After considering the first two exceptions-the only two Tappendick mentioned- the panel ultimately declined to address the ex post facto issue. 2014 WL 2589712, at *3. In exercising its discretion, the panel first reasoned that the first exception could not apply because Tappendick failed to assert the ex post facto issue would be finally determinative of the case, one of the conditions that must be present for the exception to apply. It next reasoned Tappendick did not cite controlling legal authority on the merits of his ex post facto argument to support his claim that a decision on the merits would serve the ends of justice or prevent the denial of fundamental rights. The panel noted contrary authority showing "the Ex Post Facto Clause generally is not implicated by the provisions of KORA." Tappendick, 2014 WL 2589712, at *2 (citing State v. Myers, 260 Kan. 669, 700, 923 P.2d 1024');">923 P.2d 1024 [1996]). The panel conceded Myers held "'unlimited public accessibility to the registered information' . . . of sex offenders . . . engages ex post facto protection" but believed that holding was abrogated by Smith v. Doe, 538 U.S. 84, 123 S.Ct. 1140, 155 L.Ed.2d 164 (2003). Tappendick, 2014 WL 2589712, at *2-3 (citing In re R.M., No. 109, 154, 2013 WL 5870167, at *4 [Kan. App. 2013] [unpublished opinion] ["(A)pplying offender-registration requirements to past offenses doesn't violate the Ex Post Facto Clause."]).

         In the issue statement of his petition for review, Tappendick asserted only that "the Court of Appeals incorrectly ruled that Mr. Tappendick could not raise an Ex Post Facto claim for the first time on appeal." Then, as he did in his Court of Appeals brief, he merely quoted the three exceptions and asserted without any explanation or argument that this issue invoked the first two of these exceptions. He made no effort to challenge the panel's stated reasons for concluding he failed to satisfy the exceptions' requirements. No supplemental brief was filed as permitted by Supreme Court Rule 8.03(h)(3) (2017 Kan. S.Ct. R. 53). Under the circumstances, this is inadequate.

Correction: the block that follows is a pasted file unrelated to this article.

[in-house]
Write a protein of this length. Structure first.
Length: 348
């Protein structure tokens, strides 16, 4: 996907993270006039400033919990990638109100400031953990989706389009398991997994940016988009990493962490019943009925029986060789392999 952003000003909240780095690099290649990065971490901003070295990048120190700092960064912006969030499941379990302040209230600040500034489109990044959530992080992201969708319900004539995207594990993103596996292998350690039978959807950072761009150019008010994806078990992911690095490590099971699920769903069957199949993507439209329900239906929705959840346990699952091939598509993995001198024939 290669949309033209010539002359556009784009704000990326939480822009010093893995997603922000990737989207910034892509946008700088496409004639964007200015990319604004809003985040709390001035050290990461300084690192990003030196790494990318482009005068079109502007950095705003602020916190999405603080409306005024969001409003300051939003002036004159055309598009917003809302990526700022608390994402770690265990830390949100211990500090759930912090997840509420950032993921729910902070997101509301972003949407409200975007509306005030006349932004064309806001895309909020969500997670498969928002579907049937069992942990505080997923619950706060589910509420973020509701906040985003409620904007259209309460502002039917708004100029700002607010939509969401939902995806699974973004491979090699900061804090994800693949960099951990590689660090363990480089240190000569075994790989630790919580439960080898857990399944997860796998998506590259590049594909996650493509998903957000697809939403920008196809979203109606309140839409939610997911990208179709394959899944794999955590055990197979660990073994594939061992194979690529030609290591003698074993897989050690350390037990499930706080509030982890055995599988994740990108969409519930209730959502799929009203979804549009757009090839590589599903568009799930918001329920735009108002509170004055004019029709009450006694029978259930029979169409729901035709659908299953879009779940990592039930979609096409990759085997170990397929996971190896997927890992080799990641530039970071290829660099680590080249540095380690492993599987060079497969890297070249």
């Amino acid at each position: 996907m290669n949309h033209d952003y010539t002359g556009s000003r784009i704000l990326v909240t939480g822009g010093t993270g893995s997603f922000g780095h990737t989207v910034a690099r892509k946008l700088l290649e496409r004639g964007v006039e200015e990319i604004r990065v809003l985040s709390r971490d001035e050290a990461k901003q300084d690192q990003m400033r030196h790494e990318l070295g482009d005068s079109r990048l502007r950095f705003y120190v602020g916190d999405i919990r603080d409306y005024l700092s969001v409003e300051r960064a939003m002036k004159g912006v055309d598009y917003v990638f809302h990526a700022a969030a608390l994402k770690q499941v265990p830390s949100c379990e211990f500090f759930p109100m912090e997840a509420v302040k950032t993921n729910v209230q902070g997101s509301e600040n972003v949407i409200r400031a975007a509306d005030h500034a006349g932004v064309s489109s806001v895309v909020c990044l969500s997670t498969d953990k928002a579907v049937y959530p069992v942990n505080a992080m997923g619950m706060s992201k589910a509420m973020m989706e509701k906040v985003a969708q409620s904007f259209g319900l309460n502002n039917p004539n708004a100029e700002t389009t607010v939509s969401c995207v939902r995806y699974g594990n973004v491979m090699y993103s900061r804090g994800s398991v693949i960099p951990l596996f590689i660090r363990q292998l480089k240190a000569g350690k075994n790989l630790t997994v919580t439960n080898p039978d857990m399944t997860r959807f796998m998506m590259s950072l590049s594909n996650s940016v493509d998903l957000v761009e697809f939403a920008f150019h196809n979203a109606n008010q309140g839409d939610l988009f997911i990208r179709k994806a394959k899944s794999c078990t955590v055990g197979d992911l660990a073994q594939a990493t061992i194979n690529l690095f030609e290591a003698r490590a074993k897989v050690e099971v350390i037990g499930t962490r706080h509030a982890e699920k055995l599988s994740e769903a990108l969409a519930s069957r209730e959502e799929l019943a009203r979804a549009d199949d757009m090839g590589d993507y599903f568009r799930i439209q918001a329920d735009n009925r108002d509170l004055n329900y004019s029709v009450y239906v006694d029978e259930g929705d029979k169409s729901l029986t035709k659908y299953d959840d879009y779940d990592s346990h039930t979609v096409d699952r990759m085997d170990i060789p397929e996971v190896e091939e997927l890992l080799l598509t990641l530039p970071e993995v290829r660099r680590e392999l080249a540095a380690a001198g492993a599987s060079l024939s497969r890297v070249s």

This court has held that a party must "challenge on petition for review a dispositive procedural holding of the Court of Appeals." State v. Allen, 293 Kan. 793, Syl. ¶ 3, 268 P.3d 1198 (2012); see also Rule 8.03(h)(1) (a party must allege an issue was decided erroneously by the Court of Appeals for the issue to be properly before the Supreme Court on petition for review). And even if we were to generously consider Tappendick's petition for review as referring to the panel's ultimate conclusion that his assertions were insufficient to satisfy an exception, he fails to rebut the panel's rationale with any argument or authority. See Friedman v. Kansas State Bd. of Healing Arts, 296 Kan. 636, 645, 294 P.3d 287 (2013) ("A failure to ...


Buy This Entire Record For $7.95

Download the entire decision to receive the complete text, official citation,
docket number, dissents and concurrences, and footnotes for this case.

Learn more about what you receive with purchase of this case.